Preservationists: Re-using former Prentice Hospital could mean more money, jobs
Preservationists who want to prevent demolition of the former Prentice Women's Hospital seem to be an unstoppable force.
They've argued for the architectural merits of the Bertrand Goldberg-designed building. When that didn't pan out, they went to court. Now, after winning temporary landmark status for the building in court, they've brought out a different tactic: re-examining the bottom line.
All along Northwestern University has said tearing down the old Prentice and building a new research facility would generate thousands of jobs and billions in economic investment.
Now the Save Prentice Coalition is following suit. This week they released a new economic impact study, commissioned by the National Trust for Historic Preservation. The study argues that re-using Prentice and developing a new facility would generate more money and jobs than demolition and new construction.
The study claims the rehab would generate one-time taxes and temporary jobs, in fields ranging from construction to finance and insurance. And a re-designed, multi-purpose Prentice would mean 980 permanent jobs and just over $1 million a year in local tax revenues.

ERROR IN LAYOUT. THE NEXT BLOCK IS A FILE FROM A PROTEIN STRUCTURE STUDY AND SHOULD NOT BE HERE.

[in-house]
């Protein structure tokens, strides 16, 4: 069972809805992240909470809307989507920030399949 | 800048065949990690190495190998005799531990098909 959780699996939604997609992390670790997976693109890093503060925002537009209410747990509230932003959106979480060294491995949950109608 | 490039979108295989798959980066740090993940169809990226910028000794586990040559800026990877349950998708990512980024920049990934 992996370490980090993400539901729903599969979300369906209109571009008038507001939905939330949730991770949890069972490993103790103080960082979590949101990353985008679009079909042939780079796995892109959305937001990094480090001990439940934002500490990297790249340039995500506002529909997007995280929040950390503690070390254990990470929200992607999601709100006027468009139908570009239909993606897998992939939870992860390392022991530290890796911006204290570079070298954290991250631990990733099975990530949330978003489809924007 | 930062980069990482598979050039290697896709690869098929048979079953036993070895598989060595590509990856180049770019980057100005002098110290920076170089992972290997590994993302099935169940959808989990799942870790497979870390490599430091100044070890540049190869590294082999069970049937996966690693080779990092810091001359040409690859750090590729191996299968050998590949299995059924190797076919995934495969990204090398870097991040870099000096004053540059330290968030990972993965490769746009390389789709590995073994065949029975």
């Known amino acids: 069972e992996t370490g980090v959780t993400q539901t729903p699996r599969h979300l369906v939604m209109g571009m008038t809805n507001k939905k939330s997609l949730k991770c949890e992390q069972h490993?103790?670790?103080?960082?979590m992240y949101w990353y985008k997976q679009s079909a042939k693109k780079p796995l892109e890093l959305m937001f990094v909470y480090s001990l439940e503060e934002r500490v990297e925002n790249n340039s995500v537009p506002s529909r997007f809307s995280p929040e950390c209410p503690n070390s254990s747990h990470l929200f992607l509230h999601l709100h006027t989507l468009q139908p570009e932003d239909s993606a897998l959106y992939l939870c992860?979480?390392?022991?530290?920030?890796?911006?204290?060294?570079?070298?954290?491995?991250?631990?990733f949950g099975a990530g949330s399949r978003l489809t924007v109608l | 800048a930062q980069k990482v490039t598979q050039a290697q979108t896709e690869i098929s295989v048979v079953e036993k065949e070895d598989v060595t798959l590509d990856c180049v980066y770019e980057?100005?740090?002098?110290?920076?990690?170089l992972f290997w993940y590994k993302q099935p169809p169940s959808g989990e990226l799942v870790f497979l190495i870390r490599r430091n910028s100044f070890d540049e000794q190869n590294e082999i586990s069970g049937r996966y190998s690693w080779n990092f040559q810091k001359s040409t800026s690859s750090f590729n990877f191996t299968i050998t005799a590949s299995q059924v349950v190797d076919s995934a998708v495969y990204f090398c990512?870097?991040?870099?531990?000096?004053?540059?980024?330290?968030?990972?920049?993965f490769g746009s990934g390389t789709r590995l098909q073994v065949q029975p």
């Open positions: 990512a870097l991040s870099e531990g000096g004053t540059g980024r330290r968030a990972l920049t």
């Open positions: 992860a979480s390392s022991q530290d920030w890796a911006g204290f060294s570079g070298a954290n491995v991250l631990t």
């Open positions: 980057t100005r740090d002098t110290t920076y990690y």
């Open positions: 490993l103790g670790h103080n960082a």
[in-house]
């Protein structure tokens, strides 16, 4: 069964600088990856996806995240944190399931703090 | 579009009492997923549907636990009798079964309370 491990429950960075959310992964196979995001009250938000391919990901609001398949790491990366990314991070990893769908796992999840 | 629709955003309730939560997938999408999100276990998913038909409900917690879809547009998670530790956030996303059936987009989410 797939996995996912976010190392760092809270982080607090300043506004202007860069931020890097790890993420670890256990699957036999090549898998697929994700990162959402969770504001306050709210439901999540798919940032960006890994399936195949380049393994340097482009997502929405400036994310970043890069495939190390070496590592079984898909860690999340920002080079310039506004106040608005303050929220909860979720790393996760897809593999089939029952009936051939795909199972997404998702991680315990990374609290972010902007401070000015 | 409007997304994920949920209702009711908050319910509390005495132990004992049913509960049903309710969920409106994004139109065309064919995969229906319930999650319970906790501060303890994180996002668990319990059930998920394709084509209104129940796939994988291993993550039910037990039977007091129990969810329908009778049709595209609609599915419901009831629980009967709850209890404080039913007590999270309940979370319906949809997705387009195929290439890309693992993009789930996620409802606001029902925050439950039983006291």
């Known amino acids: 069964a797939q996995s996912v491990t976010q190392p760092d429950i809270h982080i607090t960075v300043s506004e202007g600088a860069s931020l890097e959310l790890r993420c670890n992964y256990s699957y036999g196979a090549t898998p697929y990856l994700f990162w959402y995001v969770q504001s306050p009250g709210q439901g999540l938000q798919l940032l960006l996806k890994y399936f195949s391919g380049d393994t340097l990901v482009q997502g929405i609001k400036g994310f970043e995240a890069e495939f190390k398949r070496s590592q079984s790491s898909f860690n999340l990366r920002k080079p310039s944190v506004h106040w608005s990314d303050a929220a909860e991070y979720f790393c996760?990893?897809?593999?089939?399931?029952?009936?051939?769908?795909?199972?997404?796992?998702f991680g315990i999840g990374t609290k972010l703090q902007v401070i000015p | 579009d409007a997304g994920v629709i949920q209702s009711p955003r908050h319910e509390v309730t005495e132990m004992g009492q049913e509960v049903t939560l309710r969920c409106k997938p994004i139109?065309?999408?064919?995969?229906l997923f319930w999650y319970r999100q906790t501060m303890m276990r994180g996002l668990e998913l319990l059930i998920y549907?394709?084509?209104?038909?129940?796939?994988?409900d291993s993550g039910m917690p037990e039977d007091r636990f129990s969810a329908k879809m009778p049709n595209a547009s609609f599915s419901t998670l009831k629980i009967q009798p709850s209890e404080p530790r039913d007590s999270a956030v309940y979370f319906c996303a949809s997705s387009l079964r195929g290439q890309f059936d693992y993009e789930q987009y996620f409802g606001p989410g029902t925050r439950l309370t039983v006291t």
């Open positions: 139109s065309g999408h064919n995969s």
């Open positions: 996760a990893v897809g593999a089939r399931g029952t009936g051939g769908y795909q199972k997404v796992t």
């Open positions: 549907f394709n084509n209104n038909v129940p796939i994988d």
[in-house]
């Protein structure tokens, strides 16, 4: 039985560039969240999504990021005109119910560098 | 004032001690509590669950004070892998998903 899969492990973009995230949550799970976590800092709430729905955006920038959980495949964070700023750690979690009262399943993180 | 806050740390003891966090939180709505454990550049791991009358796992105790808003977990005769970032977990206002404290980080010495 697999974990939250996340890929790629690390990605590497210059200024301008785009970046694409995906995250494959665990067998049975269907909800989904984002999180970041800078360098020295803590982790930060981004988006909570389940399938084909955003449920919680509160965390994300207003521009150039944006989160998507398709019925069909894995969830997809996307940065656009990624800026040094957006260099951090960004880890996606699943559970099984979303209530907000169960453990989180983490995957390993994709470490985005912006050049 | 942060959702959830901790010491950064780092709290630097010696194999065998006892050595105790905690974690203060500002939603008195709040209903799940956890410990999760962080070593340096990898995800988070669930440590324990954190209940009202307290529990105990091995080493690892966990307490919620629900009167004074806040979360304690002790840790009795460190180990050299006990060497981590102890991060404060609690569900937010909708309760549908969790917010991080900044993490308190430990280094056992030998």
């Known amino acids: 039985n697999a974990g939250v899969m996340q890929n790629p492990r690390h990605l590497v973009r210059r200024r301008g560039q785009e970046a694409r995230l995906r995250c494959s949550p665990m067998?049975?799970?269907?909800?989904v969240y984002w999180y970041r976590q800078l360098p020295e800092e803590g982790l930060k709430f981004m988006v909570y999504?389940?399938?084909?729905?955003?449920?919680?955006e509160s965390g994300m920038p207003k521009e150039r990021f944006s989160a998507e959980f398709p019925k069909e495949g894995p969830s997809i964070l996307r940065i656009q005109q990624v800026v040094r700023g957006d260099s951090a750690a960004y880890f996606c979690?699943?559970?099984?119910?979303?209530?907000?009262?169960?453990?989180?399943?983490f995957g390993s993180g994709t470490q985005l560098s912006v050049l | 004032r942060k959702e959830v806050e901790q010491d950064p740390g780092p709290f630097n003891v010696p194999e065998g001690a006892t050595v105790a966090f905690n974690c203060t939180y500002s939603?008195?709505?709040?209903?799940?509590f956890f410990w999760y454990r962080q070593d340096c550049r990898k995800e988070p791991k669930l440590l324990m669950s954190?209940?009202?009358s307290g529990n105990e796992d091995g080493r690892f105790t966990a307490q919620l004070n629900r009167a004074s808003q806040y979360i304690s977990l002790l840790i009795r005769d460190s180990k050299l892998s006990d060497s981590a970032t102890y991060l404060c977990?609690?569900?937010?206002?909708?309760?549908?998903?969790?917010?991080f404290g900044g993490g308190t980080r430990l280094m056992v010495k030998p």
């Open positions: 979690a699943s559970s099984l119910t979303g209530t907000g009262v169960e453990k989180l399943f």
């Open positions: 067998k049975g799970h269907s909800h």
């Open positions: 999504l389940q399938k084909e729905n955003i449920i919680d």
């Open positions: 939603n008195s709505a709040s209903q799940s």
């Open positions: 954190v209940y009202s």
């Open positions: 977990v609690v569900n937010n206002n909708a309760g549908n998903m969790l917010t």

In addition to the study, they put forth four different re-use alternatives for the site (one planning proposal and 3 building designs), which were originally submitted for a competition held last year by the Chicago Architecture Club.
In each of the designs, the Prentice building and its iconic, cloverleaf structure, play an auxiliary or supporting role to the main research facility.
Ed Torrez, principal architect at BauerLatoza Studio (and former Chicago Landmarks commissioner), says Prentice would still have an important function.
His design puts office and meeting spaces in Prentice. "That's where that exchange of ideas would happen. So it would support the research labs but it would support them in a very strong way."
The BauerLatoza design is called "Embracing Prentice." The signature element is a towering, concave, glass backdrop to the old Prentice building, which would also provide sweeping corridors to the new research building.
The Kujawa Architecture design involves a neat trick.The new building would be structurally independent, though anchored in a core that penetrates the base of the old Prentice. But as you can see, from certain angles it would appear to almost float above the base, like a card magically rising out of its deck.
The award-winning design by Cyril Marsollier and Wallo Villacorta also involves an optical illusion: kind of a now-you-see-it, now-you don't sleight of hand. Half of the old Prentice building would be encased within the new building (and visible via an interior atrium). But to a casual observer walking by outside, it would still appear as if it was still whole, thanks to its reflection in the new building’s glass exterior.
Whether this latest focus on the economics of re-use will prompt a different response from Northwestern University remains to be seen. But a reckoning is coming: lawyers representing a coalition of preservationists and the city of Chicago are scheduled to meet in court next week.